When the new neighbors moved in across the street, Major Charles Cornelius McWilton counted two hippie parents and two small children. One, a babe in arms; the other, a little girl who was past toddling, and well into running. Though retired, Major McWilton continued to live a highly ordered life and was none too pleased about these new arrivals.
The husband had a shifty look about him, with that wide tie and bushy mustache. The wife wore a shapeless muumuu every day. She also left her long, lank hair hanging down in her eyes. She probably hadn’t seen the inside of a beauty salon in her entire life.
The most upsetting part of his morning watch these days was when the hippie father went outside — wearing only his underwear — to pick up the newspaper. Of course he subscribed to The Los Angeles Times. That commie rag. Exposed himself to the entire neighborhood, practically.
It was quite a sweltering Indian summer that year in Southern California. Things got especially stifling inside the post-war, mass-produced homes of their modest neighborhood. Air conditioning was a luxury reserved for far more tony areas. Nevertheless, Major McWilton made no excuses for his appearance. Each day, he donned a clean, button-down shirt, a narrow dark tie, freshly-pressed slacks, and shined shoes. He refused to wear those “desert boots” that had become so fashionable of late.
One morning, Major McWilton was startled awake by a knock on his front door. Strange. He’d been dozing in his easy chair instead of keeping watch. He opened the door and found the little girl from across the street on his doorstep. She was weighed down with a heavy item.
“Your Sears catalogue came to our house on accident, Mister,” she chirped.
“By accident,” he corrected. He accepted the catalogue and noticed a sprinkling of freckles across her forehead, cheeks, and arms. Her dimpled smile and newly missing bottom front teeth reminded him of his daughter, Gail. He hadn’t spoken to her in over a decade. He wondered whether she ever did marry that motorcycle-riding bastard. Beatnik.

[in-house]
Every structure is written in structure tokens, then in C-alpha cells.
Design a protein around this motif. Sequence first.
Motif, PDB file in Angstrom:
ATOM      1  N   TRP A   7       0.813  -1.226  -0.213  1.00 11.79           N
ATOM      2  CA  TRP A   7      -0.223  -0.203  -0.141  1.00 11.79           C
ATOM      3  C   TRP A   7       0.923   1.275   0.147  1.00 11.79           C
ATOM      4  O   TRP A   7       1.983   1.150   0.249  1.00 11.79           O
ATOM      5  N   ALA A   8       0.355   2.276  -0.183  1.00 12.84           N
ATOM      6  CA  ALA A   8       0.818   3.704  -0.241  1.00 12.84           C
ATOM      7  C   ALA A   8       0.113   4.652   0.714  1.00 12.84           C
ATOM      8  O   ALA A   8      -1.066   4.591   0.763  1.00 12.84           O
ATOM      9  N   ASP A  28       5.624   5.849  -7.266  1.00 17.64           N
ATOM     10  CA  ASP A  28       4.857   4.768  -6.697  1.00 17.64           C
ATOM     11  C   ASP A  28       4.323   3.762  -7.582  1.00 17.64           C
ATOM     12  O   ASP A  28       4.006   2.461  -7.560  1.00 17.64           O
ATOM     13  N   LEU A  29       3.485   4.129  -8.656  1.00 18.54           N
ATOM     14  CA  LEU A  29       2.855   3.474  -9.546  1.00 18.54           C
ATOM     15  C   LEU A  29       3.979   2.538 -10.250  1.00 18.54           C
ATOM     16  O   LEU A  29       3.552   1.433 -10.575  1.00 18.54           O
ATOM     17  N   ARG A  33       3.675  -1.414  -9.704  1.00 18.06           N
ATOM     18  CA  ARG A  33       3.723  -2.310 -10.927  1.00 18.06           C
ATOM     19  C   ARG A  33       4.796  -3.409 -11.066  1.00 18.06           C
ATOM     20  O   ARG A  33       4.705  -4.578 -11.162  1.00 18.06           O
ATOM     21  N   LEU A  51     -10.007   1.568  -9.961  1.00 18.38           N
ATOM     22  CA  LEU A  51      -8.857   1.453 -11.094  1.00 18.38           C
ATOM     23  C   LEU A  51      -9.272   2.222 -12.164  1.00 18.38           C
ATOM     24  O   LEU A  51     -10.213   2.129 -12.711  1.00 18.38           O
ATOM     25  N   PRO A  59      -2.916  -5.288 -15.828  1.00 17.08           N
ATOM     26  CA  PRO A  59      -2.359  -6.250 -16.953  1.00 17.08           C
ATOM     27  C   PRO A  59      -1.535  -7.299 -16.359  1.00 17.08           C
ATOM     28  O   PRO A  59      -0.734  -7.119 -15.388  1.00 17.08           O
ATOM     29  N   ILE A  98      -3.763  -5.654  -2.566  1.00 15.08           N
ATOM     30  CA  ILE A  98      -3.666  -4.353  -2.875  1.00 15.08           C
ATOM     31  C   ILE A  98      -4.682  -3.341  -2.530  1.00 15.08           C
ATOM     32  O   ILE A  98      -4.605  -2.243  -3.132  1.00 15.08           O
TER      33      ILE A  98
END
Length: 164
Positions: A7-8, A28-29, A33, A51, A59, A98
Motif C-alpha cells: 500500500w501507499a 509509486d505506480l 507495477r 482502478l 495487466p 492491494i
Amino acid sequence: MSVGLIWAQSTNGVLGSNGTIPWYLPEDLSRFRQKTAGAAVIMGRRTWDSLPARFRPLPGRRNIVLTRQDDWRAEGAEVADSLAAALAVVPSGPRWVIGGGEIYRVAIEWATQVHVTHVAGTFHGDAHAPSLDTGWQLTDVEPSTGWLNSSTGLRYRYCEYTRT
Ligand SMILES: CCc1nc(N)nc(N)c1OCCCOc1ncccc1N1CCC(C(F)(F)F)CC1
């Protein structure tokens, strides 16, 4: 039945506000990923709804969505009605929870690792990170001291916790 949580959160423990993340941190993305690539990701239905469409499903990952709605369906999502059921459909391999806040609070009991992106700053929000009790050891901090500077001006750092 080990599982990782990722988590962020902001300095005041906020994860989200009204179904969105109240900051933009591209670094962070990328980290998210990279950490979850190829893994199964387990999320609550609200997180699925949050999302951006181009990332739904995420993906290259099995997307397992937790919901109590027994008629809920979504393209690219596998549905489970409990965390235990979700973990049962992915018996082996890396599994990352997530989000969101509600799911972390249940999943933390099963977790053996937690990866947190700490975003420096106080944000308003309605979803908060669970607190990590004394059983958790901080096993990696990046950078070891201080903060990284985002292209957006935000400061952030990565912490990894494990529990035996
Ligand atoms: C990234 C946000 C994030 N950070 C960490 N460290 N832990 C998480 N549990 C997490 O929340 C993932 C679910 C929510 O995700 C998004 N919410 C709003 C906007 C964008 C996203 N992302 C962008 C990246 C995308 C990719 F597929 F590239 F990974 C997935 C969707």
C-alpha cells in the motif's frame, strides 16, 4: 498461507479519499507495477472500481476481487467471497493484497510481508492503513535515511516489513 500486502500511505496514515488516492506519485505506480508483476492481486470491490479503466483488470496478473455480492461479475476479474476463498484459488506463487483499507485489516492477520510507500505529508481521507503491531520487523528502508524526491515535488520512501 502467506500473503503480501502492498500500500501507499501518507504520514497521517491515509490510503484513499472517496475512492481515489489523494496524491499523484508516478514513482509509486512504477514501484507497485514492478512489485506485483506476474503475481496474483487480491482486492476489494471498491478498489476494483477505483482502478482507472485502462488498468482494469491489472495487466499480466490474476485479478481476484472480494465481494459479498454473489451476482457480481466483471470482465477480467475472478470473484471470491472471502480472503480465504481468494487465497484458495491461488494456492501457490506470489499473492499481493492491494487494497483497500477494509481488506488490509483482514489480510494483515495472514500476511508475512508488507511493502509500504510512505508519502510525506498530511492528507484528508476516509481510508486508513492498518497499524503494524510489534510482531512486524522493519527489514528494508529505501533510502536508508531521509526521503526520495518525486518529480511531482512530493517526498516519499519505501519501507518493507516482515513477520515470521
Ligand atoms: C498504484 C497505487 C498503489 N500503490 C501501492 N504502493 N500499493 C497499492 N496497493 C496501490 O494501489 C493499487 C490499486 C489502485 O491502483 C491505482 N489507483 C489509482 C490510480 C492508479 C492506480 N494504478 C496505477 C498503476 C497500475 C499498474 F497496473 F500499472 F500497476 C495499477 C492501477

“You can call me Major McWilton. I’m not a Mister, I’m a Major,” he told the little girl standing before him.
“Manger? Like the one they put Jesus in when there was no wooms at the inn?” She didn’t wait for a response; she was clearly eager to impress her new captive audience. “My gwamma has a manger. She lets me sedditup under the twee at Cwistmastime. I can’t hardly wait!”
He grinned in spite of himself, and let her mispronunciations and grammatical errors go uncorrected. He used to be wild about Christmas, too, when he was her age. He thought back to the time he played one of the Three Wise Men in his annual grammar school pageant.
“That’s right, Christmastime is coming soon,” he agreed. “Thank you for bringing my catalogue over.”
“Welcome! See ya later!” She turned and skipped back home, looking both ways before crossing the street, he noted with approval.
Time passed, the days grew shorter and the clocks turned back. By the time Christmas arrived, Manger and the little girl had become good chums. He let to her talk about her favorite subjects at school: molecules and Vincent Van Gogh. She listened to his advice about all manner of topics, generally concerning the importance of constant vigilance. That meant keeping a sharp eye on things and never trusting anyone.
She could not understand, though, why he always insisted they sit outside on his front porch. She was intensely curious about his house, wanted to come inside and inspect his war medals. But he never invited her in.
She also didn’t understand where he got the large dollhouse that arrived on her doorstep Christmas morning that year. It was, by far, the fanciest gift she had ever received. Was it from the Sears catalogue? Probably not. It looked older — maybe from the late 50s. She could tell by the style of the wallpaper inside, which reminded her of her gramma’s house.
“To Dimples, From Manger,” said the card. It had a picture of the three wise men on front, following the star of Bethlehem. That night, he decided to pick up the phone and reach out to his daughter Gail. He felt prepared to talk to the beatnik, if he had to.